Hall Pass: Your Ticket to Understanding School Board Politics, Edition #28

Welcome to Hall Pass. This newsletter keeps you plugged into the conversations driving school board politics and governance. Each week, we bring you a roundup of the latest on school board elections, along with sharp commentary and research from across the political spectrum on the issues confronting school boards in the country’s more than 13,000 school districts. We’ll also bring you the latest on school board elections and recall efforts, including candidate filing deadlines and election results.

In today’s edition, you’ll find:

  • On the issues: The debate over Minneapolis’ collective bargaining agreement 
  • School board filing deadlines, election results, and recall certifications
  • How DeSantis and Crist-backed school board candidates fared in Florida’s Aug. 23 school board elections
  • DeSantis removes four Broward County School Board members
  • Extracurricular: education news from around the web
  • Candidate Connection survey
  • School board candidates per seat up for election

On the issues

In this section, we curate reporting, analysis, and commentary on the issues school board members deliberate when they set out to offer the best education possible in their district.

Minneapolis Public Schools (MPS) struck a collective bargaining agreement with the Minneapolis Federation of Teachers (MFT) on March 25, 2022. The agreement requires the school district to base any financially motivated layoffs on teacher seniority, with newer teachers getting laid off first. The provision included an exemption from the seniority layoff rule for what the agreement called underrepresented teachers.

The Wall Street Journal Editorial Board writes that the layoff policy discriminates based on race in violation of the Fourteenth Amendment’s Equal Protection Clause. The Editorial Board says all hiring and firing decisions should be based on performance and job qualifications and not on race or seniority.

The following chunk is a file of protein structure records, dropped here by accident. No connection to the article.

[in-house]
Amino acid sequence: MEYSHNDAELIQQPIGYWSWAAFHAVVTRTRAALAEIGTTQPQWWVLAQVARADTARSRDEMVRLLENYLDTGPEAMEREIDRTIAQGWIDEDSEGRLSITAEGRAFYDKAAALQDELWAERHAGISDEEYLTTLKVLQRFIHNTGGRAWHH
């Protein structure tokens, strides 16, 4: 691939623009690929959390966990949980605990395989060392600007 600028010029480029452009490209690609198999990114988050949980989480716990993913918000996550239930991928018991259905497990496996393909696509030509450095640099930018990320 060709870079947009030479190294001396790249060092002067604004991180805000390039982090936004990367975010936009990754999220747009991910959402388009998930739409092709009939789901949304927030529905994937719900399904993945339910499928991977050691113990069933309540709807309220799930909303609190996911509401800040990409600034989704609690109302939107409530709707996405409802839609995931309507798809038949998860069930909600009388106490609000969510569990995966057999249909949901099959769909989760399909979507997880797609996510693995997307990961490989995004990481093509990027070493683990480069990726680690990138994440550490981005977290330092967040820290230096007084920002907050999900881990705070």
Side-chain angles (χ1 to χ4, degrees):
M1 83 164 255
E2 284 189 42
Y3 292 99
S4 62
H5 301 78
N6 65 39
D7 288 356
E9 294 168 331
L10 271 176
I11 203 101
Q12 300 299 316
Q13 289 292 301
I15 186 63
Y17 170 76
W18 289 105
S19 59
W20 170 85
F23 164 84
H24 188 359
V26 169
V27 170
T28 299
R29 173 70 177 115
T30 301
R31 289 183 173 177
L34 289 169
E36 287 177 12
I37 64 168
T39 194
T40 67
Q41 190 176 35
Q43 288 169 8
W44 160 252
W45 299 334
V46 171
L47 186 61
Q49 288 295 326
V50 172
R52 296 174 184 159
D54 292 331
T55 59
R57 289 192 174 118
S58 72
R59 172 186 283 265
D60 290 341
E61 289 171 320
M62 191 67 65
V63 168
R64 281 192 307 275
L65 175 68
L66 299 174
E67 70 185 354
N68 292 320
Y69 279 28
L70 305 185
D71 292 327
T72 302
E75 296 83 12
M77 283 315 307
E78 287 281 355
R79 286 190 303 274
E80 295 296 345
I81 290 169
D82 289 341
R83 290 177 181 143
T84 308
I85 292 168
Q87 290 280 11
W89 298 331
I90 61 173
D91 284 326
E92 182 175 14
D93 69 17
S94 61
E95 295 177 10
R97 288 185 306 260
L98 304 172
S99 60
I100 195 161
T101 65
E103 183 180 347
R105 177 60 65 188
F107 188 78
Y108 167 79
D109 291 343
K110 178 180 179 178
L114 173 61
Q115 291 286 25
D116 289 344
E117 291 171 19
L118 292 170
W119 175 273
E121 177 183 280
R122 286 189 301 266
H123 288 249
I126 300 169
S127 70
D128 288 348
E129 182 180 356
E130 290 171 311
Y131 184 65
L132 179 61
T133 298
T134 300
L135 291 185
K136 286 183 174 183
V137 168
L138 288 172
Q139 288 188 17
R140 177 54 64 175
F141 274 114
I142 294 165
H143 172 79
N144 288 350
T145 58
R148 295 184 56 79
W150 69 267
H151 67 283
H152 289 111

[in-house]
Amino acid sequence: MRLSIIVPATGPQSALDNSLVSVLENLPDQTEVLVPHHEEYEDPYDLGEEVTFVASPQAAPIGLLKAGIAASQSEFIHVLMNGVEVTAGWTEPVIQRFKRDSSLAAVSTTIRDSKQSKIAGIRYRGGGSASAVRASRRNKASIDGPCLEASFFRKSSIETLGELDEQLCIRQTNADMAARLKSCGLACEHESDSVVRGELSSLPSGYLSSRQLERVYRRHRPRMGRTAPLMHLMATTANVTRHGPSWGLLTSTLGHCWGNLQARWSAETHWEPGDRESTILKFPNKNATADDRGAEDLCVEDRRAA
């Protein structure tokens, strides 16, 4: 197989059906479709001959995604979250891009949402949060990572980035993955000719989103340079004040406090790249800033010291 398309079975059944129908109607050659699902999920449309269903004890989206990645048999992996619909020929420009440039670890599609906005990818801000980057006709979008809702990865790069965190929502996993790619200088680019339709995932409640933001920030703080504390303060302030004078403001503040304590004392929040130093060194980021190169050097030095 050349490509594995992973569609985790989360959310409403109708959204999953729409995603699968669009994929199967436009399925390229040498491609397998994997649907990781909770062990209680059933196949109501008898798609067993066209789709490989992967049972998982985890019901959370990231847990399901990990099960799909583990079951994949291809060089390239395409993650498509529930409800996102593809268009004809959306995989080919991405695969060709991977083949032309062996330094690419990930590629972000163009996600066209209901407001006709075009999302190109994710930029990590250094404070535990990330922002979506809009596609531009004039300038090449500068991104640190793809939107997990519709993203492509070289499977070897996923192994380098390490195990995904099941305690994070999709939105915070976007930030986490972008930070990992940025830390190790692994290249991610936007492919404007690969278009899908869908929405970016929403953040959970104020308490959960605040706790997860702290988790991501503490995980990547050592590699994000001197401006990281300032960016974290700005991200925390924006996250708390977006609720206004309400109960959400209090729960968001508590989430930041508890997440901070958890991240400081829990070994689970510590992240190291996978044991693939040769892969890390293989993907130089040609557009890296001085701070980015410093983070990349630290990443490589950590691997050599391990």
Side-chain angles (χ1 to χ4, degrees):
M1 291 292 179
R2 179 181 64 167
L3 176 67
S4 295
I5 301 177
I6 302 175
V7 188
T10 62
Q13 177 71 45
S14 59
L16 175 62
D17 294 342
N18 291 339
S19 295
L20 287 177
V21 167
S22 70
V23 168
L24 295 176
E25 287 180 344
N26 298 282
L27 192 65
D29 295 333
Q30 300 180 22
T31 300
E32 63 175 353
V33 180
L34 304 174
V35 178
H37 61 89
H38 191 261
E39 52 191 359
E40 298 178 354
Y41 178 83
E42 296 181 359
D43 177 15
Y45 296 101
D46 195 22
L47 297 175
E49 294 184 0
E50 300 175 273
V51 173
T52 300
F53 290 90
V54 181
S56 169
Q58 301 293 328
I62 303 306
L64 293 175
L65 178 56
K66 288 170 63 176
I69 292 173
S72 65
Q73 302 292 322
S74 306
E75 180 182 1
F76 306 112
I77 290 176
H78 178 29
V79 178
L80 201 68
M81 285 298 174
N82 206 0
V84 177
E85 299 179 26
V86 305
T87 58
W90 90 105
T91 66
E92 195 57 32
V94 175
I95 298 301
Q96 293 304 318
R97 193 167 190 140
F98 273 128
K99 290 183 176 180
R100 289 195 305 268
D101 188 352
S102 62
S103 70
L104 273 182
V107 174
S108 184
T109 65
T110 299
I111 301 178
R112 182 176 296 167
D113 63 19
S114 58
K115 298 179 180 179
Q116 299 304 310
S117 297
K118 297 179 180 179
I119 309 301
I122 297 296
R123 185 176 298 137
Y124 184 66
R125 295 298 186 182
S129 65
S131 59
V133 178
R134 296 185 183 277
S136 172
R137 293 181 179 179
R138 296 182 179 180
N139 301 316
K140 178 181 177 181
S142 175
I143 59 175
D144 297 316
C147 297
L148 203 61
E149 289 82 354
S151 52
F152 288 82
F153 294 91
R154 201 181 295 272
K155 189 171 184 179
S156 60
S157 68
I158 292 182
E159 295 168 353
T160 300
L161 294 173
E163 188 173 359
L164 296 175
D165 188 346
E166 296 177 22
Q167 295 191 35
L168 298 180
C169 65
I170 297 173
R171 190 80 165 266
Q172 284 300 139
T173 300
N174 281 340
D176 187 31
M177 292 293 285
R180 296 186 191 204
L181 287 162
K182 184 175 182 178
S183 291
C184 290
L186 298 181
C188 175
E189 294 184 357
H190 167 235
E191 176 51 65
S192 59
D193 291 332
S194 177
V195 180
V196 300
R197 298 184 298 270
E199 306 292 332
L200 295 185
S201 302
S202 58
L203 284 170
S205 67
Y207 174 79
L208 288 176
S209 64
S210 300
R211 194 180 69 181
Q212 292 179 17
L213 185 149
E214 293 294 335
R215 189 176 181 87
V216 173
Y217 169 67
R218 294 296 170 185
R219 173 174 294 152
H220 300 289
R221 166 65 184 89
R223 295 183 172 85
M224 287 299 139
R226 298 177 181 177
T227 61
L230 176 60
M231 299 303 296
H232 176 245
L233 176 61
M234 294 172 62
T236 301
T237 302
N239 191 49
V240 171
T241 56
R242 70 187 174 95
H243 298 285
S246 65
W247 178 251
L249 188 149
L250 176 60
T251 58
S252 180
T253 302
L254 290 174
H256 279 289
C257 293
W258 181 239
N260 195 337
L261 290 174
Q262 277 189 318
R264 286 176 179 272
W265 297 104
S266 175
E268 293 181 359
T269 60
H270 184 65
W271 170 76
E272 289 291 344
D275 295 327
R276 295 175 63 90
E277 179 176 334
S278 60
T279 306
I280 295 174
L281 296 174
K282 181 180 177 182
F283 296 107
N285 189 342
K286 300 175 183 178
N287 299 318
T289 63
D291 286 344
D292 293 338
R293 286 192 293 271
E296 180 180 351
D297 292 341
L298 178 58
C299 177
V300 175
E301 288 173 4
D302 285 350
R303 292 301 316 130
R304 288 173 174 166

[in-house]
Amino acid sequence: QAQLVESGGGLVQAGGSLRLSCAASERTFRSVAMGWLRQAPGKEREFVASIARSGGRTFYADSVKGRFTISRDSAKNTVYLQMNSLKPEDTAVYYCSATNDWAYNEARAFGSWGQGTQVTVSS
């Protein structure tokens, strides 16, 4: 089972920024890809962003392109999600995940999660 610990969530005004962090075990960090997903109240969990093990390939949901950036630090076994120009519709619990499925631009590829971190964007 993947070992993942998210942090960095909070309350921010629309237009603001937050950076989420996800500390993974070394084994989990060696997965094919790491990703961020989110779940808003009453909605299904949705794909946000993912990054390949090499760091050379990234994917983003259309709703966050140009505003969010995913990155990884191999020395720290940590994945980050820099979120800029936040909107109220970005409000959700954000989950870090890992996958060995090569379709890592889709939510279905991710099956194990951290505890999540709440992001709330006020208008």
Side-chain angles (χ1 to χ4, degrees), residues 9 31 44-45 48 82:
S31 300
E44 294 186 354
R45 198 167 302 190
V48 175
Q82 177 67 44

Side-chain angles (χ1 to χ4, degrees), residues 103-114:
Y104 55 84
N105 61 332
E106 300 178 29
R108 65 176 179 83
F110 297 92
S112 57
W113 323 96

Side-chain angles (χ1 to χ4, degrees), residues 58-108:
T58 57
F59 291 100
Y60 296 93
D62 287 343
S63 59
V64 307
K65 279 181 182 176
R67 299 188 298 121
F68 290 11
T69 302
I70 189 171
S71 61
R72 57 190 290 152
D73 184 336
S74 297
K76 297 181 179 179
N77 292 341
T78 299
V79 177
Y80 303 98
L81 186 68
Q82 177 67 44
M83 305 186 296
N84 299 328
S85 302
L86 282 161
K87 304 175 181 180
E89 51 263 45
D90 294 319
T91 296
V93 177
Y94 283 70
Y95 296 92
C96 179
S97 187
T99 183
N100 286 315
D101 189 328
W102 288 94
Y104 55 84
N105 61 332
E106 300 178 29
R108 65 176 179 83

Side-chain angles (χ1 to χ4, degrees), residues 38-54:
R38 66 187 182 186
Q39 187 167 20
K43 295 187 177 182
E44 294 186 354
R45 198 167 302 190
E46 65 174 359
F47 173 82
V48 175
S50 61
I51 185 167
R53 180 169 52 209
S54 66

Michael Harriot, a writer and cultural critic, writes that MPS’ hiring policy historically favored white teachers and that a policy firing teachers based on seniority would cause more minority teachers to lose their jobs before white teachers. Harriot says the white teachers in the district are not equipped to assist minority students, so they would also be fired first in a merit-based system.

Minneapolis Schools Discriminate by Race | The Editorial Board, The Wall Street Journal

“School districts ought to hire and fire based on job qualifications and performance, which would prevent an unintended disparate impact on minorities. But unions oppose personnel decisions based on merit because this could undermine labor solidarity. Minneapolis is instead discriminating by race. … [The agreement] states that the exception to the senior layoff rule is intended to ‘remedy the continuing effects of past discrimination’ and that ‘past discrimination by the district disproportionately impacted the hiring of underrepresented teachers.’ If the district is sued, it will have to substantiate this claim. It may also be hoping to dodge strict scrutiny legal review by not explicitly referring to racial classifications. The undefined term “underrepresented” could be interpreted to include low-income teachers. But what matters is how the rule is applied. … When institutions favor certain racial groups, they discriminate against individuals of other groups. … The Minneapolis teachers contract underscores why the [U.S. Supreme Court] Justices need to state clearly that racial preferences are always constitutionally forbidden.”

The whitelash behind Minneapolis’ plan to fire white teachers, explained | Michael Harriot, TheGrio

“Somehow people who lack critical thinking skills and seasoning [sic] experience can be beguiled into believing a contract that was collectively bargained by a majority-white coalition is ‘anti-white.’ Perhaps they are willing to ignore the ‘past discrimination’ part of the story. … For most of its existence, the district’s hiring policy not only favored white teachers, but it did so to the detriment of its non-white students. But, for some reason, Fox News pundits and right-wing propagandists don’t seem interested in this part of the story. … Most of MPS’s students are non-white. Most of its teachers are white. According to the district’s own data, most of the non-white students are lagging behind white students. And, according to people who know things, students of color do better when they are taught by educators of color. So, I’m not assuming that the white teachers are the worst teachers; I am assuming that most of the teachers are less equipped to teach most of the students. … To become more equitable for its students, the cohort of teachers must be more diverse. To become financially solvent, the district must cut staff. The only path to better schools, more educated children and a financially stable district is to fire white teachers.”